Any Ubiquiti Litebeam M5 allignment tips

hello internet,

I got a set of Ubiquiti Litebeam M5’s.

I do not know that the technical name for this type of equipment is but they are basically transceivers attached to directional antennas used to make network connections over longer distances.

I intend to use for them a LAN connection a little under a mile away. I finished configuring them for my needs and tomorrow I go about the process of mounting and aligning them.
Obviously I know the basics you want line of sight with as few obstructions as possiple for best results. Exactly how to get them pointed at each other as good as possiple at this kind of distance seems to be something that will be quite a challenge. I was wondering if anybody around here has any experience with this type of equipment and could share some info.

One more thing, not to be a dick but also note if you have no experience with these but maybe know of a resource of information on the topic that I may have overlooked please do share. Do not try to act like an expert on something you never even attempted. I know this is the internet but that is obnoxious.

Try be slightly nicer to people who your asking for help. I get armchair experts suck, but being rude to people whom are yet to contribute time to help you for no return is not a wise idea.

I have a ubiquiti nanobeam M5 (19 dBi) and a powerbeam M5 300 (22 dBi) in Australia, not sure if products are localized in any way so your mileage may vary. In my experience the provided software with some trail and error was all that I needed to align them, although there is also a Linus Tech Tips video if you ever need to laugh at somebody failing at it worse than yourself to de-stress. However while aligning worked, they didn’t STAY aligned well, so I recommend using as sturdy of a mount as you can and once aligned tightening as much as your game to load on those threads or time and wind vibration will move it slowly.

Height from the ground seems ti actually help at long range, even when clear line of sight could be had from ground-level. Not sure exactly why though.

Also worth noting, 1 mile is a range where you’d get 100Mbps off VDSL2 over regular copper cable such as phone or cat5e, which depending on your needs may or maynot be a more reliable option.

Some reasources that can help figure out your setup…

I got nothing but respect/admiration for those who spend there time helping others but at the same time I am getting older and I have less patience for the no nothing time burglars who waste my time. My comment was not directed at those who actually know things just at those looking to grow there e-penis without actually becoming knowledgeable on any topic

soo… how do you use the provided software? is it something included in the config pages when you type the ip of the devices into a browser? because thats all I got…

True but in between is not my land

Just to be clear I do appreciate you taking the time to reply to my topic here, thanks for your help.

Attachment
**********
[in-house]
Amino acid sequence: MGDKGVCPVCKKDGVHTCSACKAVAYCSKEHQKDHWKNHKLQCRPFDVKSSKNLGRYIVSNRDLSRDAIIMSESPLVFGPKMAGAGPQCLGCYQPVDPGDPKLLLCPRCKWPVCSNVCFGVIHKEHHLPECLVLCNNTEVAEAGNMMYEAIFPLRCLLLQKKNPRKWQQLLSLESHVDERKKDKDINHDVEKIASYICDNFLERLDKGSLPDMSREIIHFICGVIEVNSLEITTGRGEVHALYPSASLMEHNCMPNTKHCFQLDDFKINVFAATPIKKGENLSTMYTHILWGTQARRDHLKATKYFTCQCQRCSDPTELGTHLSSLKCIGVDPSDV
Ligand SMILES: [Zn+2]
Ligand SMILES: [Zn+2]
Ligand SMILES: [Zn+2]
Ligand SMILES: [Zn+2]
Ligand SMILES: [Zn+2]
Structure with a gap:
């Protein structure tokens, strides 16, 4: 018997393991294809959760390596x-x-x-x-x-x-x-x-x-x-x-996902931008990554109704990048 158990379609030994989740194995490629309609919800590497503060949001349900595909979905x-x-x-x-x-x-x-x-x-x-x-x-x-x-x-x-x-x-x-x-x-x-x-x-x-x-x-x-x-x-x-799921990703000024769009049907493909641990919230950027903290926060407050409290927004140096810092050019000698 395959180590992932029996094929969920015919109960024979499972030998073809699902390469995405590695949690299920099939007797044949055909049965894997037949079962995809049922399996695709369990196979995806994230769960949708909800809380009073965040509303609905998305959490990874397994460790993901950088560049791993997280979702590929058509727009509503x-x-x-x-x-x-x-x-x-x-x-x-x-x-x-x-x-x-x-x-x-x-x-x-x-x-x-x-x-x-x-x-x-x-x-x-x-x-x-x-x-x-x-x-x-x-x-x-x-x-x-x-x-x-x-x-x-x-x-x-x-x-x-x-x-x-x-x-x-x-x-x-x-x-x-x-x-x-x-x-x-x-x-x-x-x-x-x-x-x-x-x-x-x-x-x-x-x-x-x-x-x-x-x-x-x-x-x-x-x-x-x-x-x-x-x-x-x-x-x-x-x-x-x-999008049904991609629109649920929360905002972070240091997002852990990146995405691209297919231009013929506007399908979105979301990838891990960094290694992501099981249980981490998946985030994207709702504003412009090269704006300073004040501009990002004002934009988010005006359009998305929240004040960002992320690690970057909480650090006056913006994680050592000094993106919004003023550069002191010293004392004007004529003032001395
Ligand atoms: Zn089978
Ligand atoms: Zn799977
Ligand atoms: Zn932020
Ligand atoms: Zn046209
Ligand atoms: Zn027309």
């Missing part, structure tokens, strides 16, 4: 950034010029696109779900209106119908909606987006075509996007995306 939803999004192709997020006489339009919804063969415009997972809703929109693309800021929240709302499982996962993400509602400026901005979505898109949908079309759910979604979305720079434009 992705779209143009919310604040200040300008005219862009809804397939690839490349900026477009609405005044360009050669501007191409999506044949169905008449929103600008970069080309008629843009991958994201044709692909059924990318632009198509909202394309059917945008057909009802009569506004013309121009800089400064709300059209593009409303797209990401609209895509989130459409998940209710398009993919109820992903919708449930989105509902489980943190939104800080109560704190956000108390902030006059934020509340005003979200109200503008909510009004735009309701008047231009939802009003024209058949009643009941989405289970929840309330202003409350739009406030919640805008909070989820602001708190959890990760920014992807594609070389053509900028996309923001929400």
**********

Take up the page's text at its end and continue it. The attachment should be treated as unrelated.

By software I mean:

It pays to have a 2nd person if you can, one looking at the app the other up the pole adjusting. Also seems to update faster if there is some traffic over the link, so once you get a rough aim (which can be done by a compass (in phone app) and elevation with the bubble level build in) you’ll get a really slow link, set up a ping to run constantly or similar.

Also while its fine for testing, I really do advise you reinforce the mount if this is long term.

so how did you get them aligned good enough to connect to each other to fine tune with the software?
Did you just roughly point them in the right direction and they connected?
I haven’t started mine yet because I underestimated the cable length I needed, I have a box on order.

Like this I think:slight_smile:

so aim it say southwest? I do not know how to pinpoint the direction I need

If you need to align them then just use surveying equipment or higher a surveyor to line it up for you.

do you have any experience with this type of thing?

I was a former network technician, not specifically for RF LOS though, and I also have a degree in IST. So yeah.

Since you need to use long distance LOS the easiest way is to use a tool for that, surveying equipment was made for this sort of thing. Gonna have to do some maths to get your elevation and stuff like that so there is no easy COTS solution for your problem, but you should be able to get it to work.

Well it took some fiddling, persistence and most likely a lot of luck but I was able to get them linked up by just me and my brother moving each side around in the general direction of each other. it took about 4 hours for the initial connection and more for fine tuning.

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Glad you got it working

I see what you mean, one wind storm and I find myself having to climb up on the roof. Oh the things I must do to not pay an internet bill… I mean LAN connection for like busness or some shit yeaah I mean that.

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